Just down the road from me, Playmakers Rep is doing Enemy of the People. The costume shop needed to age one of their suits, but they didn’t want to ruin it for future use. So they turned to Schmere, which makes a line of products that stain and distress fabrics, but disappear when you wash or dry clean them. I bet you can find uses for this for soft goods and fabric props, or you can just tell your costume shop manager for some brownie points.
This week (October 6-October 12, 2013) is Fire Prevention Week. It is a good time to remind ourselves to check that we are following all the proper fire prevention procedures, whether we work in theatre, an independent shop, or at home.
Fires happen. We should not pretend that they are a thing of the past, or that our laws and technology protect us. Every year, Patrick Hudson of OffstageJobs.com reminds us how many fires (that we hear of) happen in the entertainment industry; in 2012, there were at least 14. His posts do a good job of reminding us what the proper procedures are. And in case you think they can’t happen to you, he reminds us that the Iroquois Theatre thought the same (go read those articles now; I’ll wait). Despite its boast of being “fireproof” in a city with one of the strictest fire codes in the world, it caught fire in 1903 and killed 602 people. This was not the result of some grand failure, but rather a whole lot of little things that could have been avoided: exit doors were unmarked or blocked, lighting fixtures were in the path of the fire curtain, the scenery was not adequately flame-proofed, etc. Most of these were violations of existing fire code, rather than the lack of knowledge of how to prevent fires.
So while props people are typically not in charge of maintaining many of these things, as a member of the production team, we can still monitor them. If management or producers are pushing for unsafe practices (like covering the exit signs, or disabling the fire curtain), we can stand with the rest of the technicians so they do not need to fight the battle alone. We can keep our props out of stairwells and maintain clear egress paths through our storage areas. If we have prop fire extinguishers, keep them labelled well and far away from real fire extinguishers. Leave flammables in the flammables cabinet. If you are not aware of all the regulations and procedures to follow, Fire Prevention Week is a good time to brush up.
And if you work in your rental home or apartment (and even if you don’t), get renter’s insurance. My wife and I lived through a fire that destroyed our whole apartment building. It’s traumatizing enough without having to worry about all your stuff and where you’re going to live. You may not think you have enough stuff to make it worthwhile, but the value of all your little odds and ends adds up quick. Renter’s insurance is much more than just replacing your stuff; ours also sent movers to salvage and clean what they could while housing us in a temporary apartment. I only had to miss one day of work, which was important because I was freelancing at the time, and paid hourly. Anyone in the building without insurance had to scramble to find a place to sleep that same day, as well as take time off work to haul all their belongings out before they were damaged further or looted.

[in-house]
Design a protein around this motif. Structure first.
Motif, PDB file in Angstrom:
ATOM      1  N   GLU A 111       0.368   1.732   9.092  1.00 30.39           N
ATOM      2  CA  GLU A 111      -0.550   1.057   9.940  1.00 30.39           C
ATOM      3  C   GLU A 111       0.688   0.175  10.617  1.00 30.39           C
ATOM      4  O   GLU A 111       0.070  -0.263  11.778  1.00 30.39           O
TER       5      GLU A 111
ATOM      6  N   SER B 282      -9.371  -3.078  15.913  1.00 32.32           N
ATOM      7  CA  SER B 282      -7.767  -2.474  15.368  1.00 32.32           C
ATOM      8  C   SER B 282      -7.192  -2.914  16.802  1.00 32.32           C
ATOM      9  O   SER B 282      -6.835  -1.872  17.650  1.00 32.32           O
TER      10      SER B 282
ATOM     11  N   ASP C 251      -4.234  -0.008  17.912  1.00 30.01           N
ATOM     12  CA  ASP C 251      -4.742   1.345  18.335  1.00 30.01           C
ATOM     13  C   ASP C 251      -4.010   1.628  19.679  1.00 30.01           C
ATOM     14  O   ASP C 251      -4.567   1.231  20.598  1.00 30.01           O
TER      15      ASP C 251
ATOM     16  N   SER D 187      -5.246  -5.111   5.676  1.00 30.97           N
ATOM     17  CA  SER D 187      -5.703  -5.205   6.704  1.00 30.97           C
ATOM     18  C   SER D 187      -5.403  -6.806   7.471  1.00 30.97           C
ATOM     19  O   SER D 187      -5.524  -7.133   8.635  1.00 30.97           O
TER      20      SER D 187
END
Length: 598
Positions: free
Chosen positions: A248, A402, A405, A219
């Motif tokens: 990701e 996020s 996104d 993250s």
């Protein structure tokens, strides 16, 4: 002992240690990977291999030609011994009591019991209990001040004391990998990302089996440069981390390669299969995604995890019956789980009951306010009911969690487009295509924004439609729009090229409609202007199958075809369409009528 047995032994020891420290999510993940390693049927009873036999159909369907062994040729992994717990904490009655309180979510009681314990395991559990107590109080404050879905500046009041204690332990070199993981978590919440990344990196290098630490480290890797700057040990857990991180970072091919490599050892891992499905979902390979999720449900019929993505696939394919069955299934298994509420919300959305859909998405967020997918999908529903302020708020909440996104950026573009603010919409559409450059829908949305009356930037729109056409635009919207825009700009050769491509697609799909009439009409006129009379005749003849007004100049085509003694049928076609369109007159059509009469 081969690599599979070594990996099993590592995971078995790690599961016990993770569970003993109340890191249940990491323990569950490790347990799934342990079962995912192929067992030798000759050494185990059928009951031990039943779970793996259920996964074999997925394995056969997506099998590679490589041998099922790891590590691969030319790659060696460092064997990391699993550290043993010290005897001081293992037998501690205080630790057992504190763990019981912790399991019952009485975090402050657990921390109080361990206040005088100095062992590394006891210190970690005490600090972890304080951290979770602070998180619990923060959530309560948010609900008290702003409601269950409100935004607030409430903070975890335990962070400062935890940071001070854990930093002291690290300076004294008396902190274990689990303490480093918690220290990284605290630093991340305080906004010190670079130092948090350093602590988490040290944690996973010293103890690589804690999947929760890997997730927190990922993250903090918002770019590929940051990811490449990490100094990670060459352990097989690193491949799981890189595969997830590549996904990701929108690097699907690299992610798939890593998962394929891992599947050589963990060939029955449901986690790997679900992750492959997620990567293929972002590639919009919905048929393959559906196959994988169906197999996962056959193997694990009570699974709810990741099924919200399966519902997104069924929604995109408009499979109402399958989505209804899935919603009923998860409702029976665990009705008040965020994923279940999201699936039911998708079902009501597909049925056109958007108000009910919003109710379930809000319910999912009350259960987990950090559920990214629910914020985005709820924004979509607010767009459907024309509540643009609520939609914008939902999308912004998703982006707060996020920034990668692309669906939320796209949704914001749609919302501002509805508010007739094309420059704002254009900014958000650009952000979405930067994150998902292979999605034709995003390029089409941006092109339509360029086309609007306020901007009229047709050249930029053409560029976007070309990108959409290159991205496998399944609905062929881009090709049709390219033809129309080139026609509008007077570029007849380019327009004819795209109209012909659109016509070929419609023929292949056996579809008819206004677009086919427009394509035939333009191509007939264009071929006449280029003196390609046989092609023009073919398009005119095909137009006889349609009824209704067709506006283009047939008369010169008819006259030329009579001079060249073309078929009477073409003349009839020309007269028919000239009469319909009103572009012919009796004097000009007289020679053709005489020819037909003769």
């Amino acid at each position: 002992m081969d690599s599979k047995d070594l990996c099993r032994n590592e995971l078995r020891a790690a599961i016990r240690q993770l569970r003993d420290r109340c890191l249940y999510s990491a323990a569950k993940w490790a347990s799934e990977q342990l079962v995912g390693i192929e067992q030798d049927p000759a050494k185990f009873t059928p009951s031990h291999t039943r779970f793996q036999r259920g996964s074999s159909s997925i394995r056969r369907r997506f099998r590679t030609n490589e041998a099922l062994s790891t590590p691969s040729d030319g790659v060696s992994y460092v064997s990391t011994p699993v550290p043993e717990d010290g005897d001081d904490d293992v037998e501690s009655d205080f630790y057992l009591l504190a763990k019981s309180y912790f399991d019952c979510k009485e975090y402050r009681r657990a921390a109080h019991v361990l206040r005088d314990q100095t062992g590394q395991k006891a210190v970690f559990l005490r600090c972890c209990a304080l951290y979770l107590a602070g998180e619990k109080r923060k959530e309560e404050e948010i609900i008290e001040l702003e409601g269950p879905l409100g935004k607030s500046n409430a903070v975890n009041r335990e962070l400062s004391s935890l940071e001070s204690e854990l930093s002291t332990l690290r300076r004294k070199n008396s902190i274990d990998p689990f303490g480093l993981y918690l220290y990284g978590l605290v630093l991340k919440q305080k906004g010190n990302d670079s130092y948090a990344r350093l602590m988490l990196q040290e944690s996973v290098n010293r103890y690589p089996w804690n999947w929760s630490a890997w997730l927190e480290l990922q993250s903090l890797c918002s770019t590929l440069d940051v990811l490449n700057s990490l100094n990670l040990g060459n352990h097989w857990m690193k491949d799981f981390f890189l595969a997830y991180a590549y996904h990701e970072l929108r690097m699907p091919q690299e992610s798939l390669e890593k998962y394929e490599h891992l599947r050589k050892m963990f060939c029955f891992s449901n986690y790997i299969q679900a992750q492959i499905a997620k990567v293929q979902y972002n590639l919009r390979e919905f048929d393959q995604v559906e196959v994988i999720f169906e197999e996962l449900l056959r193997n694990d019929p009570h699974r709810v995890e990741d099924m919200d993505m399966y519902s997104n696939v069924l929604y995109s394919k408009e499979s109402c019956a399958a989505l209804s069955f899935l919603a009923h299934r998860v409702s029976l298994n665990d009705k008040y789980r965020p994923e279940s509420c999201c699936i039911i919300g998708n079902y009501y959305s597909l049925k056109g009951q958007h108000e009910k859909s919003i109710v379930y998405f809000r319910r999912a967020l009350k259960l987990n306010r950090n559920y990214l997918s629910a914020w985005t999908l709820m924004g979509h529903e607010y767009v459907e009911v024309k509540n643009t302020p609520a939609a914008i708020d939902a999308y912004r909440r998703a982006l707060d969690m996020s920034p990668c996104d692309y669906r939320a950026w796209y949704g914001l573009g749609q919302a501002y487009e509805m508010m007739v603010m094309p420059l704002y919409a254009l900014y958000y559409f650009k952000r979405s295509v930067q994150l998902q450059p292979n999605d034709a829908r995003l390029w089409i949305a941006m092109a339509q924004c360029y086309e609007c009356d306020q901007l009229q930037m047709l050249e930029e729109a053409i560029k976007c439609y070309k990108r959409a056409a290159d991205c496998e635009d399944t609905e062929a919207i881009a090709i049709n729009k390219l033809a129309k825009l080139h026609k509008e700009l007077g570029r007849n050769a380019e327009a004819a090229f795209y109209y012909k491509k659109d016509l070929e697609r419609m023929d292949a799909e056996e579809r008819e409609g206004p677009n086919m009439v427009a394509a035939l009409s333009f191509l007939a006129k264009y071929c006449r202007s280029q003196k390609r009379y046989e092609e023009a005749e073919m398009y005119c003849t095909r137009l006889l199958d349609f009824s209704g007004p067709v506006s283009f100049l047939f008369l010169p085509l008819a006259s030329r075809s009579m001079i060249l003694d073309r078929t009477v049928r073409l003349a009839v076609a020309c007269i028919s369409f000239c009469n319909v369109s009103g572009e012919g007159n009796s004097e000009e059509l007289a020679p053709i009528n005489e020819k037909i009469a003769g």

So take this week to double-check that you are doing all you can to prevent fires and are prepared to deal with one should it occur, both at work and at home. You’ll be glad you did.
The following article originally appeared in “The New York Times” in 1885.
How nature is imitated on the stage.
An old stage manager imparts some instruction—how to counterfeit the change from day to night.
“Nothing,” said an old stage manager, “is more easy to produce on the stage than a moonlight scene, and nothing is ore effective after it is produced. The work begins, of course, with the painting of the scene. The artist has to take into consideration the fact that moonlight must be represented with a different light from the brilliant yellow glare of gaslight which is used for day effects. The great mass of color in a moonlight scene is laid in by the artist in cold grays and greens. The grays must have no warmth in them, nothing of a purplish tinge, for moonlight is cold and hard. The greens are low-toned combinations, chiefly of burnt umber and Prussian blue. The half lights in the painting are put in with the lighter tones of this green, while the high lights are toned up with white tinted with emerald green. Sometimes when a metallic glitter is needed on some point a bit of green foil paper is stuck on. Now such a scene as this, as you can easily see, would look very sombre and unpleasant in strong gaslight.”